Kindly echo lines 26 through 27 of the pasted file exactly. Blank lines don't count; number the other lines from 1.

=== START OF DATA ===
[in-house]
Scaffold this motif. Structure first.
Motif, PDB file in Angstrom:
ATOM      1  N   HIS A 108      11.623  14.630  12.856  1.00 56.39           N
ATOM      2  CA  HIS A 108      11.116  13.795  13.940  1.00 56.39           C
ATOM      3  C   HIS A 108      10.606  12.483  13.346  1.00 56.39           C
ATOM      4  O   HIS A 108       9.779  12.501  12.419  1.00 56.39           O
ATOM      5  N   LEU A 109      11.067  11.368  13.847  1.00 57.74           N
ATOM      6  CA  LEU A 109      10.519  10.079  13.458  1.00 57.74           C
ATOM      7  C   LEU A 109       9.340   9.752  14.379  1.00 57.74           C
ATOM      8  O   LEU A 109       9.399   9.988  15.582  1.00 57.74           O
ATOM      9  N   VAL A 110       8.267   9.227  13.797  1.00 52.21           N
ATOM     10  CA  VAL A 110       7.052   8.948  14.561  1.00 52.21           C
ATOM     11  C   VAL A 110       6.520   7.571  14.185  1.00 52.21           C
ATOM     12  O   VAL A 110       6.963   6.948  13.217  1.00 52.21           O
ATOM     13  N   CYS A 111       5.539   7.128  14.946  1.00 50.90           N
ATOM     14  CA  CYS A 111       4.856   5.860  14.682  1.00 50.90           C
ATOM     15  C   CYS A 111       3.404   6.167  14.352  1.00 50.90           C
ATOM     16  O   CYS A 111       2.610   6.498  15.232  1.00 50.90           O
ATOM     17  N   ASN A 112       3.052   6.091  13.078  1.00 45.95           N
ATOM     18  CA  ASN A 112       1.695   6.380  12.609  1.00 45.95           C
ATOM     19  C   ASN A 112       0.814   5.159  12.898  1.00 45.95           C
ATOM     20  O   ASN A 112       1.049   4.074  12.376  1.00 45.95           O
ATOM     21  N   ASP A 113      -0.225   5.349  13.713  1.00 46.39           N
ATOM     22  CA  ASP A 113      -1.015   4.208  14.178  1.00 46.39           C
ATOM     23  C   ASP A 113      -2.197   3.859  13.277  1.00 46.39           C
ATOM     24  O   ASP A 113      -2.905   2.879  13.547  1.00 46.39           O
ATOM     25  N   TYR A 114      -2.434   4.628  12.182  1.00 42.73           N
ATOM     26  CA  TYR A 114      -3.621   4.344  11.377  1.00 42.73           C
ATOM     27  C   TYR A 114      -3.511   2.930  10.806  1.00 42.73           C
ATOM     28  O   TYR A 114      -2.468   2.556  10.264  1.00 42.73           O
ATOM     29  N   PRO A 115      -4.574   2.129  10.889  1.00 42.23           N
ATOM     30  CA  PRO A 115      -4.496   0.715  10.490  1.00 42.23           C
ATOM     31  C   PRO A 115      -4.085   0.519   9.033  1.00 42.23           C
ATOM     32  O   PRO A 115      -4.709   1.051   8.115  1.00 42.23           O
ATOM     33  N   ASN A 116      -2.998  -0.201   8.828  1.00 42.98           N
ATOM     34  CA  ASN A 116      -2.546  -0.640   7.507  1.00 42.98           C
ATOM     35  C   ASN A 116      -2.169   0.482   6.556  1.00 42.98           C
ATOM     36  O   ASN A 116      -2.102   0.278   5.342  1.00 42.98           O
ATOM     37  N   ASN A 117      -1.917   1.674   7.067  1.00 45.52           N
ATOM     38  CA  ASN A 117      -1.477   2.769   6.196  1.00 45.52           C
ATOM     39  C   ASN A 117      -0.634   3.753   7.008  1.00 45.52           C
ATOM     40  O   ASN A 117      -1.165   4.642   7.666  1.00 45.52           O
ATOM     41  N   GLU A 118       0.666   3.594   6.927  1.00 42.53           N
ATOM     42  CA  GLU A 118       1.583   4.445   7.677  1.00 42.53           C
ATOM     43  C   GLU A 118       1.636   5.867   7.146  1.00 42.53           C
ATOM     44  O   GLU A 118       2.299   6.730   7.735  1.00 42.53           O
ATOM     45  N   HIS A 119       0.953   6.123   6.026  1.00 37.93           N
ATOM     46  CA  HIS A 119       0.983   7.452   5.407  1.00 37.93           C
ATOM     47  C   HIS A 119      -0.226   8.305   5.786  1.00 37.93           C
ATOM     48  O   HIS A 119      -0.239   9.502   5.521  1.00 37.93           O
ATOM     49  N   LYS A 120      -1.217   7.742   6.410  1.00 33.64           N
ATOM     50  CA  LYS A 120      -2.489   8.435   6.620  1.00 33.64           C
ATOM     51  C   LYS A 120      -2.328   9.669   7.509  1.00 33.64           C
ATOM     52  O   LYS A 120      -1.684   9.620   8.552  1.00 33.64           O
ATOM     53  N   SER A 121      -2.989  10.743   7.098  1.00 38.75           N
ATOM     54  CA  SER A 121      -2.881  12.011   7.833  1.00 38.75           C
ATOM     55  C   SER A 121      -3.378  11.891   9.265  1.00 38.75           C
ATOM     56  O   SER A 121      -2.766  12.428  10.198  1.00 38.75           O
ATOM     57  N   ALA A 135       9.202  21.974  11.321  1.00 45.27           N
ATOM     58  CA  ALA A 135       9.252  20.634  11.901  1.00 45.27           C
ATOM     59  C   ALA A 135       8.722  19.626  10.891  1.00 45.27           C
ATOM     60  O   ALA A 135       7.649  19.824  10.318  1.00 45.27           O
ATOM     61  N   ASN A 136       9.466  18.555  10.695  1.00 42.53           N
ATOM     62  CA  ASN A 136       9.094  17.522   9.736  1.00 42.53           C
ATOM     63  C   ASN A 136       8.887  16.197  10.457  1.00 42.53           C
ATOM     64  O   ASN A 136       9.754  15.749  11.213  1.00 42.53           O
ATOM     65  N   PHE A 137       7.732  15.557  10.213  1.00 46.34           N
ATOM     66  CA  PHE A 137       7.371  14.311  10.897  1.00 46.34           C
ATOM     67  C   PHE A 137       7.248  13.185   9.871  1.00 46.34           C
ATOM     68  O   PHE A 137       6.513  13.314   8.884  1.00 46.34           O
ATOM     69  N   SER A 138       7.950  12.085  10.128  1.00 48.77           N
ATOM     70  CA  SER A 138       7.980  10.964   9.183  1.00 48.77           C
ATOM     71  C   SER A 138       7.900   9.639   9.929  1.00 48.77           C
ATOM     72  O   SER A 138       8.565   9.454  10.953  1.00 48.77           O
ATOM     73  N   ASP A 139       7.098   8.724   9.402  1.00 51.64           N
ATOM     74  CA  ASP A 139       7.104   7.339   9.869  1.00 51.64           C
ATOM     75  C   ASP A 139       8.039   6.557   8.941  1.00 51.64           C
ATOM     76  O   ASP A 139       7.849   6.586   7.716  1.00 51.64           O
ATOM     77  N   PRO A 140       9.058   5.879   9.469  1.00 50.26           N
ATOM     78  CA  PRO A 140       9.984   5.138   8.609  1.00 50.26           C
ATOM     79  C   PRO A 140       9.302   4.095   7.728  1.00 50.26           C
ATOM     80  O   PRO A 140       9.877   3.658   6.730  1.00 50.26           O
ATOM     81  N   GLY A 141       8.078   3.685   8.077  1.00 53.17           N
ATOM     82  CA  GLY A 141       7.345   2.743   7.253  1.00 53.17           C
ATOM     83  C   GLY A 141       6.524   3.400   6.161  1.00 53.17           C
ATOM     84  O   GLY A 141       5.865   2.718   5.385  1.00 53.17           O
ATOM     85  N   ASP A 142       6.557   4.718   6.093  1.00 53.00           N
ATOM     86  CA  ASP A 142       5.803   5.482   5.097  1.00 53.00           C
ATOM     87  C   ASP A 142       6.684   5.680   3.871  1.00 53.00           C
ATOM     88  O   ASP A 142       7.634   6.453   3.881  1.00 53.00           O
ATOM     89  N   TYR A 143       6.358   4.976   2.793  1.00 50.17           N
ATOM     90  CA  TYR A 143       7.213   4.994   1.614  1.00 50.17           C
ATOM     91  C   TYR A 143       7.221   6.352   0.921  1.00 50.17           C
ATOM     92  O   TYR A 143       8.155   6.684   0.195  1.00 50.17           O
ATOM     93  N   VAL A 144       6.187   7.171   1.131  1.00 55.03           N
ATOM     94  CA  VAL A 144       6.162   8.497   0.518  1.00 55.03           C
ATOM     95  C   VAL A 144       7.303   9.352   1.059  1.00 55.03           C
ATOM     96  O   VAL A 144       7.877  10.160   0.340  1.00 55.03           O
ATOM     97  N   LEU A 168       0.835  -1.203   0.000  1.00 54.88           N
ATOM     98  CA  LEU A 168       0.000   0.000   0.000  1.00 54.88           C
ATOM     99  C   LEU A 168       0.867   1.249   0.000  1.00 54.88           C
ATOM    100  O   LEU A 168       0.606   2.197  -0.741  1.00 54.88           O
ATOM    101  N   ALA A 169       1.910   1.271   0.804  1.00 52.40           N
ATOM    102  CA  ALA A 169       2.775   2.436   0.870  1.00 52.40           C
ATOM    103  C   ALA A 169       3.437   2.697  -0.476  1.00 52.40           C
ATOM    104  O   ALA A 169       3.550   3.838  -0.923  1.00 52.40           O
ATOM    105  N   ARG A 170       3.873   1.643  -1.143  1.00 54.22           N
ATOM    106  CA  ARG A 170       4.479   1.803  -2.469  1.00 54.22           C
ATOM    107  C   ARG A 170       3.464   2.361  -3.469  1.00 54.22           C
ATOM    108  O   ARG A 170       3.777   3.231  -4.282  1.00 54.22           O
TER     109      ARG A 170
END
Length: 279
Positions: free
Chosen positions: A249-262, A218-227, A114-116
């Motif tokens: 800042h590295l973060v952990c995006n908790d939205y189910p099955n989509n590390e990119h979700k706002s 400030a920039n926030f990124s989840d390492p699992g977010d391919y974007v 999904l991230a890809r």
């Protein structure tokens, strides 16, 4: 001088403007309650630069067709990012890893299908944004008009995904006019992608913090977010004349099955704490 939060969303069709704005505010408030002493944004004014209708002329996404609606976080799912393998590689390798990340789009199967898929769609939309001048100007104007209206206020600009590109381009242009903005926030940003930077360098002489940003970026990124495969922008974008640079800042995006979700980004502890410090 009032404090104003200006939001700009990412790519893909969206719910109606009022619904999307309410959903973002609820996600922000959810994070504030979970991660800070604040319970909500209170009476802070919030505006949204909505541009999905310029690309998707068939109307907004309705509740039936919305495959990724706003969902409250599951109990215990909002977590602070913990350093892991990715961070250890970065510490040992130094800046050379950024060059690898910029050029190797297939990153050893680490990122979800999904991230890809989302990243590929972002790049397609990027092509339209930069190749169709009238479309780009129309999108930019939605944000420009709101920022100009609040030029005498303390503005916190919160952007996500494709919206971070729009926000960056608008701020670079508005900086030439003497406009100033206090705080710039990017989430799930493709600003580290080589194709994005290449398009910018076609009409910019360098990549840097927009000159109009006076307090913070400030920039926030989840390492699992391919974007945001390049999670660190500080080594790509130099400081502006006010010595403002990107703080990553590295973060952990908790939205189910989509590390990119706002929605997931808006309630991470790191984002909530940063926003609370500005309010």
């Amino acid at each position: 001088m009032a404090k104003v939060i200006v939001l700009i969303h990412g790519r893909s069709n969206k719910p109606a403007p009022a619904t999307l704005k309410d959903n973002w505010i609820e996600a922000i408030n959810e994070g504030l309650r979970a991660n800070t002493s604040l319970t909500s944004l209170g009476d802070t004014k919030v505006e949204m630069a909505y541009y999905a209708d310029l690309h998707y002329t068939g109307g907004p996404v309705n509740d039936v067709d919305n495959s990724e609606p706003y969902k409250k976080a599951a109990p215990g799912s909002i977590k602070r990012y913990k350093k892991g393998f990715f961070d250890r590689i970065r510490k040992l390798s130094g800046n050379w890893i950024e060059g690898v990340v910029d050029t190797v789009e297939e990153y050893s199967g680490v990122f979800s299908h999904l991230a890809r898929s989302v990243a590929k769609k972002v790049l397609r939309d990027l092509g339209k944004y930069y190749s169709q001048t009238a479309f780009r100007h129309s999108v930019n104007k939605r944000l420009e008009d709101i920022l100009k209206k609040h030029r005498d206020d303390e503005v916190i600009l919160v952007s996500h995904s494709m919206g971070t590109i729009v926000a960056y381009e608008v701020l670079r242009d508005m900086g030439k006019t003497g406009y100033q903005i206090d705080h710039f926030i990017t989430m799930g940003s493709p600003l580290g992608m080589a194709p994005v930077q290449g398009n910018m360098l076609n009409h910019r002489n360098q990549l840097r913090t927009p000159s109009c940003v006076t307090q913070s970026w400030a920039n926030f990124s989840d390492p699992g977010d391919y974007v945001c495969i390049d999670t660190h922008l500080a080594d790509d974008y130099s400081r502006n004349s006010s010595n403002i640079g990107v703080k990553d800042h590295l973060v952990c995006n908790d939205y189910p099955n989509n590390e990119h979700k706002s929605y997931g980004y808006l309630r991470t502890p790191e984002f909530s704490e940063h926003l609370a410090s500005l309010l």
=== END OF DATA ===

ATOM     23  C   ASP A 113      -2.197   3.859  13.277  1.00 46.39           C
ATOM     24  O   ASP A 113      -2.905   2.879  13.547  1.00 46.39           O